Thursday, May 30, 2013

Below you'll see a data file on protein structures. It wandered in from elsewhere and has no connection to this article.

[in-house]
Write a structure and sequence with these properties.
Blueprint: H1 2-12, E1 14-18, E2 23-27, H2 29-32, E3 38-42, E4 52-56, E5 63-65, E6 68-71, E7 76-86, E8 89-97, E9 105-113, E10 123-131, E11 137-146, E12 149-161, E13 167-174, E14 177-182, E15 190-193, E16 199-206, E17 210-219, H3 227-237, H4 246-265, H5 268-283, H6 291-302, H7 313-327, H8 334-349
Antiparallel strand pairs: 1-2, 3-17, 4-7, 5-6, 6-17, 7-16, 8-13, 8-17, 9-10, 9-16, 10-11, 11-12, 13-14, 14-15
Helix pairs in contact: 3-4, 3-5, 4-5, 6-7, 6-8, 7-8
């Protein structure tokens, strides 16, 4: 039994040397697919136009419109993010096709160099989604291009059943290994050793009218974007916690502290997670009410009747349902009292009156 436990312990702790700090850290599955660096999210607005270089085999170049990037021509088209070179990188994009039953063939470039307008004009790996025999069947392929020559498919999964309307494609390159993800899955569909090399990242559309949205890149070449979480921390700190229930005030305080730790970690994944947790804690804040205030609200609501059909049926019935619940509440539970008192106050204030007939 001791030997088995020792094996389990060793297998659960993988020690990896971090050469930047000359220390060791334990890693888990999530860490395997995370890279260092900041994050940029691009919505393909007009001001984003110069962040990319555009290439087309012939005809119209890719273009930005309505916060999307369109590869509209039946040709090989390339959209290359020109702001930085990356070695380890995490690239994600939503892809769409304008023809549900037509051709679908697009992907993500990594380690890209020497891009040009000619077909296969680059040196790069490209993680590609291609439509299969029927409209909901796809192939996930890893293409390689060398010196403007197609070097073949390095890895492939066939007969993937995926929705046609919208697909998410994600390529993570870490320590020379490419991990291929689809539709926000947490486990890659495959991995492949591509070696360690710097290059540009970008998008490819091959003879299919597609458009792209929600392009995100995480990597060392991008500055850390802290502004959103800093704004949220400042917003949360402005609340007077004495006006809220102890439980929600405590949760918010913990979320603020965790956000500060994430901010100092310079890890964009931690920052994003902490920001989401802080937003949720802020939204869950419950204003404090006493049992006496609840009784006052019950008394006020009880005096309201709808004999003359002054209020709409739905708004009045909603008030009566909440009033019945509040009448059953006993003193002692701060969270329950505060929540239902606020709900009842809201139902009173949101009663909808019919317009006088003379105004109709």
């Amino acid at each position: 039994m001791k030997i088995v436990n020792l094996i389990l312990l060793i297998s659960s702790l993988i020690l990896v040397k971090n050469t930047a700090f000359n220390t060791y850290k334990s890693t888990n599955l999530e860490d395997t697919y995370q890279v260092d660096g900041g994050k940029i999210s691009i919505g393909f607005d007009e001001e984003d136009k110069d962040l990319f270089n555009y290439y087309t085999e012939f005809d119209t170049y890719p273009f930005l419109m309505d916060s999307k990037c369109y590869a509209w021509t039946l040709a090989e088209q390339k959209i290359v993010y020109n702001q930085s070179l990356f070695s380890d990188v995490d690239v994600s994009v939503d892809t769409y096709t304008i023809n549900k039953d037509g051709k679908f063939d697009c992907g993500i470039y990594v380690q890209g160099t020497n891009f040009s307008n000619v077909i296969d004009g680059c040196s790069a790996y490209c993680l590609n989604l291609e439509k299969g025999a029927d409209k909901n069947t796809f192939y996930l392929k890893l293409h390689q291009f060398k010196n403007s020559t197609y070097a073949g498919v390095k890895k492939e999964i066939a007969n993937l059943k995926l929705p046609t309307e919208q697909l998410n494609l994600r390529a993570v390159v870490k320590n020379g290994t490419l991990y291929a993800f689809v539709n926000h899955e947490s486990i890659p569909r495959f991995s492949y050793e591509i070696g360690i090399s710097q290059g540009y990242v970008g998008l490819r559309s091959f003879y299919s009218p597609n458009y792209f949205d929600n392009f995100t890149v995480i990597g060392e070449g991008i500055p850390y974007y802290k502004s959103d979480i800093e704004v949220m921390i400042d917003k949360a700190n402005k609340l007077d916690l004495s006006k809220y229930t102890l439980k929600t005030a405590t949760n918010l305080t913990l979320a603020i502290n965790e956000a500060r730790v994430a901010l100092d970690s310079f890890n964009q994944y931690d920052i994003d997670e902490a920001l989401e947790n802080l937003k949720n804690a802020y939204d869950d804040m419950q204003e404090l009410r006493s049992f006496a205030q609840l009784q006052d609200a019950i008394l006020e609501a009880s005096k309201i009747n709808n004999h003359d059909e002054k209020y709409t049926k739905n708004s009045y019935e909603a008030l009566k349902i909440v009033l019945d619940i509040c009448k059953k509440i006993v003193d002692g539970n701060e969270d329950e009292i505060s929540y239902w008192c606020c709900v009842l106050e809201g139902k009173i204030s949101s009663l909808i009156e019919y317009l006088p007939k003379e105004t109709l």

This place almost wasn’t. It was nearly destroyed by the placement of a dam in the 1960’s. Construction on the Tocks Island Dam was supposed to start in 1967. I was grateful to have the opportunity to take a group of students snorkeling 38 years after the dam idea was defeated. This might not have been possible it weren’t for the actions of a few committed citizens. What we do matters. This was the second day on the river for about 100 United Nations school students who were participating in a three day canoe trip down the Delaware with the Delaware Riverkeeper (www.delawareriverkeeper.org). Six of them joined me in the river to experience the underwater side of the Delaware. Clouds of juvenile fish huddled in the lee of every large rock. The students picked out numerous juvenile freshwater mussels. Juvenile anything is good news. It means the parts of the river system are reproducing. It means the continuance of species and the critical roles they perform. In the case of mussels, it’s water filtration. The Delaware River population removes sediments and algae from the water column in addition to disease causing organisms, as they filter an estimated couple billion gallons of water each day. We admired caddis fly larvae, three species of snails, and the clean river scape as we crawled our way upstream. We turned and drifted over beds of diverse submerged vegetation interspersed among clean cobble. It’s a feeling as close to flying I have ever been able to get to without being in the air, and I think the students felt the same sense of awe and freedom. A few fly fishermen were wetting their lines just downstream as I stowed gear. One landed a nice buck shad. Stoneflies flew from the shoreline out over the river and I realized I was in the middle of a huge hatch. Stoneflies are indicators of good water quality. Stoney nymphs crawl from the water onto land where they metamorphose and emerge as winged adults. I watched hundreds of adults launch from the long shoreline grass and said “this is amazing” aloud. One of the fishermen replied “This river has a lot going for it” Yes it does, and the Delaware Riverkeeper organization that works to protect the Delaware, is one of those things along with the 100 students who are now connected to this amazing river thanks to their efforts. The future of the river is in our hands now, just as it was in the hands of those who decided to shelve the Tocks Island Dam idea in 1975. The decisions we make and the actions we take will dictate whether there will be juvenile fish, mussels, and students here in another 38 years. I hope we choose wisely.